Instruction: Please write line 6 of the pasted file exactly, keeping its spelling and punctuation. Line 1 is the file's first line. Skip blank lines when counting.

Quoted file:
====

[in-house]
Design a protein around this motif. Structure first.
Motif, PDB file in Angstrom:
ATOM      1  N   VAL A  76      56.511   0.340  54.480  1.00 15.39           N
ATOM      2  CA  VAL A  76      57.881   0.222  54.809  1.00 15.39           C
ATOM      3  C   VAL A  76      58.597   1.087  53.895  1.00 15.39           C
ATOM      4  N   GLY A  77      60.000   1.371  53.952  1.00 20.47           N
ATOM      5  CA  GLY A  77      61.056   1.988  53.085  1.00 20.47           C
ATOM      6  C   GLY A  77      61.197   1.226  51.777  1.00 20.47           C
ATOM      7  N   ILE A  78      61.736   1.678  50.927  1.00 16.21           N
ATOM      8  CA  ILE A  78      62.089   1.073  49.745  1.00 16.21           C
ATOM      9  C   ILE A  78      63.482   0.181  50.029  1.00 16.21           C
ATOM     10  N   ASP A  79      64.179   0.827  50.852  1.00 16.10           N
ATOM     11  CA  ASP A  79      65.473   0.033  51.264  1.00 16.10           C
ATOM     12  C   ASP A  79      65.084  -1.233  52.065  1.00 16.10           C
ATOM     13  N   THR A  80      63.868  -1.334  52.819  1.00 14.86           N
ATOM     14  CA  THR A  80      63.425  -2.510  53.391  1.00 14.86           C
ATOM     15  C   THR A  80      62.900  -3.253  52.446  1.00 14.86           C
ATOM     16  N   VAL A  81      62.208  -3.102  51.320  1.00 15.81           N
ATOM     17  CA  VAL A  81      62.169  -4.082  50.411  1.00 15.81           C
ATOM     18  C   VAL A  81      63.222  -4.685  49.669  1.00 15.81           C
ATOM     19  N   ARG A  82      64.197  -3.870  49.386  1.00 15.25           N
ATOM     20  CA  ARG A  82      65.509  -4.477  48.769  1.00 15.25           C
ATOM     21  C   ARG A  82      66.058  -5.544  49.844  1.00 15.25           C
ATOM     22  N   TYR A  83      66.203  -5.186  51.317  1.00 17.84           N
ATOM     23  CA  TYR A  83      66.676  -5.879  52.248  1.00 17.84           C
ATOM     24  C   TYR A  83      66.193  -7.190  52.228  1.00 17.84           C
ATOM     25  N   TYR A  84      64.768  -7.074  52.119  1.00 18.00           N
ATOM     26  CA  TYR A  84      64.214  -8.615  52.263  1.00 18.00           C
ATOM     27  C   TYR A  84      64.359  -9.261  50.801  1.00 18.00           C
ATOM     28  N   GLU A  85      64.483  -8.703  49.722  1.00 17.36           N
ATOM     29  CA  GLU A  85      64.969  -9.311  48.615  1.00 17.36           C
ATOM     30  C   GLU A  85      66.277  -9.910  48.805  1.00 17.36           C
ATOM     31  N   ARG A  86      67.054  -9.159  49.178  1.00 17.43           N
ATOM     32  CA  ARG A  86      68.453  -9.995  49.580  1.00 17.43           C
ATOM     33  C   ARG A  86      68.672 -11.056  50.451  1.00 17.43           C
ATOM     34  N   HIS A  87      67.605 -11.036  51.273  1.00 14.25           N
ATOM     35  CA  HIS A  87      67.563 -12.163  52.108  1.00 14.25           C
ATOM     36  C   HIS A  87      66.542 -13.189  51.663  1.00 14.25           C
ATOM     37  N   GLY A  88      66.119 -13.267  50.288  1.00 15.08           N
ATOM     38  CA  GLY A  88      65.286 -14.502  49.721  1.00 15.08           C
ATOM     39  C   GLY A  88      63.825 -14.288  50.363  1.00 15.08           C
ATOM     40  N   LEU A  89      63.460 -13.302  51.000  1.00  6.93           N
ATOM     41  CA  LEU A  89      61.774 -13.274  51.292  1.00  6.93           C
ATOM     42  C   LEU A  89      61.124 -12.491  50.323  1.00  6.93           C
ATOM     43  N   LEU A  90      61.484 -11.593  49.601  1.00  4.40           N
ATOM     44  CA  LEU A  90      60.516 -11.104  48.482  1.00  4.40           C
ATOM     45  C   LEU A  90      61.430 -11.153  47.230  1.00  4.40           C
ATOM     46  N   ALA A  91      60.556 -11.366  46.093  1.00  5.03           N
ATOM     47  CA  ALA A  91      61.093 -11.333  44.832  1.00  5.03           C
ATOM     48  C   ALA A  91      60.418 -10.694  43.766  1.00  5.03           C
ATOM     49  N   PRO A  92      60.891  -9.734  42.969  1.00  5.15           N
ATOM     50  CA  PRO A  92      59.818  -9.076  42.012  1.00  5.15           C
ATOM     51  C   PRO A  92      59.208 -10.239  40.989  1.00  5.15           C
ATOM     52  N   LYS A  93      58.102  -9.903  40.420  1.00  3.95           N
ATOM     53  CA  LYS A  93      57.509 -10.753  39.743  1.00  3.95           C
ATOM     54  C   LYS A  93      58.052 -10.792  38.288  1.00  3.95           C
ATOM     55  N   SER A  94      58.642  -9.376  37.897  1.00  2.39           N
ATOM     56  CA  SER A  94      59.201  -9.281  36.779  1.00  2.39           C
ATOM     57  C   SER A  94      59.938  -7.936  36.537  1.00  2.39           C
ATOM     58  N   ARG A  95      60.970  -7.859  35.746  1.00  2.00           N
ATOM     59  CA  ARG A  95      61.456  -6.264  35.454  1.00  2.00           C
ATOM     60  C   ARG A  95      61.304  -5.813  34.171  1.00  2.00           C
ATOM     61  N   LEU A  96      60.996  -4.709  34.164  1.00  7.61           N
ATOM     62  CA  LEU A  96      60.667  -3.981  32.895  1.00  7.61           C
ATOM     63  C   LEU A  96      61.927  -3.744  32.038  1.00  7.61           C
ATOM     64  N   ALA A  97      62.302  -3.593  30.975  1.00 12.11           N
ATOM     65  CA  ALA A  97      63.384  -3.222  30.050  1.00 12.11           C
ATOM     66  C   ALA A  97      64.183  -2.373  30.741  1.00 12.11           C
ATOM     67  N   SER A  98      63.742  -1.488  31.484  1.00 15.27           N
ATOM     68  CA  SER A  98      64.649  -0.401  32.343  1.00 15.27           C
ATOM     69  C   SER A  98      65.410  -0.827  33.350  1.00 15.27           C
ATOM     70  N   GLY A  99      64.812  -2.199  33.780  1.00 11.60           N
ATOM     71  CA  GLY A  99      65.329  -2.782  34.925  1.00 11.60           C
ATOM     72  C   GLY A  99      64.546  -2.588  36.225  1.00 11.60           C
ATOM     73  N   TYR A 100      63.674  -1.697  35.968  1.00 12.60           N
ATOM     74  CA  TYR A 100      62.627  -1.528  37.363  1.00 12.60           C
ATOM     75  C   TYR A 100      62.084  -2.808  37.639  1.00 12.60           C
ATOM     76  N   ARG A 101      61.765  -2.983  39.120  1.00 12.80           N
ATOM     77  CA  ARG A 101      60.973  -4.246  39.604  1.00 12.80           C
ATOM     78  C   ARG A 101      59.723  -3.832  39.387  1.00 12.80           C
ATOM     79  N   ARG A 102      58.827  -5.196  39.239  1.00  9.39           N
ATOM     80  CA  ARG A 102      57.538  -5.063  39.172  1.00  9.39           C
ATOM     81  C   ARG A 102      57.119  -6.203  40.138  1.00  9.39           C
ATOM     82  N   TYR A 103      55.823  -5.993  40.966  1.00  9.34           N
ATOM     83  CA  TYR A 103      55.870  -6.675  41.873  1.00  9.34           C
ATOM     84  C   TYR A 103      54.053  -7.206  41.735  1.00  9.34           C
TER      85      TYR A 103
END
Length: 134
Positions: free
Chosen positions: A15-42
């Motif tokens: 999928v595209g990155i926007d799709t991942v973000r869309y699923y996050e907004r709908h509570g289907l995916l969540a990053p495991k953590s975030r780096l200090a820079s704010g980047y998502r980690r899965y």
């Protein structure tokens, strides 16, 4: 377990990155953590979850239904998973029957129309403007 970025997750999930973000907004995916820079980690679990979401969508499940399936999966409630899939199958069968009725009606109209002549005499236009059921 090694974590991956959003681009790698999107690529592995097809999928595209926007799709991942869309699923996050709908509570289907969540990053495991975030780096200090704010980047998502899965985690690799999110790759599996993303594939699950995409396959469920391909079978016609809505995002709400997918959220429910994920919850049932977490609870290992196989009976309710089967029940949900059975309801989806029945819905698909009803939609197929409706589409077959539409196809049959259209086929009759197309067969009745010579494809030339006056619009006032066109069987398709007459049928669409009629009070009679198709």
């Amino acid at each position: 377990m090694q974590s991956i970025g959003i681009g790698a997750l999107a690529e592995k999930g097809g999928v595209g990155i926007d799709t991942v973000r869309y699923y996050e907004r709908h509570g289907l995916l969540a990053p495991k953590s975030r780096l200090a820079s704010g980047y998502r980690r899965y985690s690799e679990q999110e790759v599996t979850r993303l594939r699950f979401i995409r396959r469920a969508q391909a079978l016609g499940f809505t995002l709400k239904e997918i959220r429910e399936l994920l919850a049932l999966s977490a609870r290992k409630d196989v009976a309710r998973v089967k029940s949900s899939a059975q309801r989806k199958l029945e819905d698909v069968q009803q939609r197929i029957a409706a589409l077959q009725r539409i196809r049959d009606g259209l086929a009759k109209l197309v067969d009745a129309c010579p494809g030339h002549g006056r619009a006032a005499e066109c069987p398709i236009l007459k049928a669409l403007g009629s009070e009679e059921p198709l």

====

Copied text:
ATOM      3  C   VAL A  76      58.597   1.087  53.895  1.00 15.39           C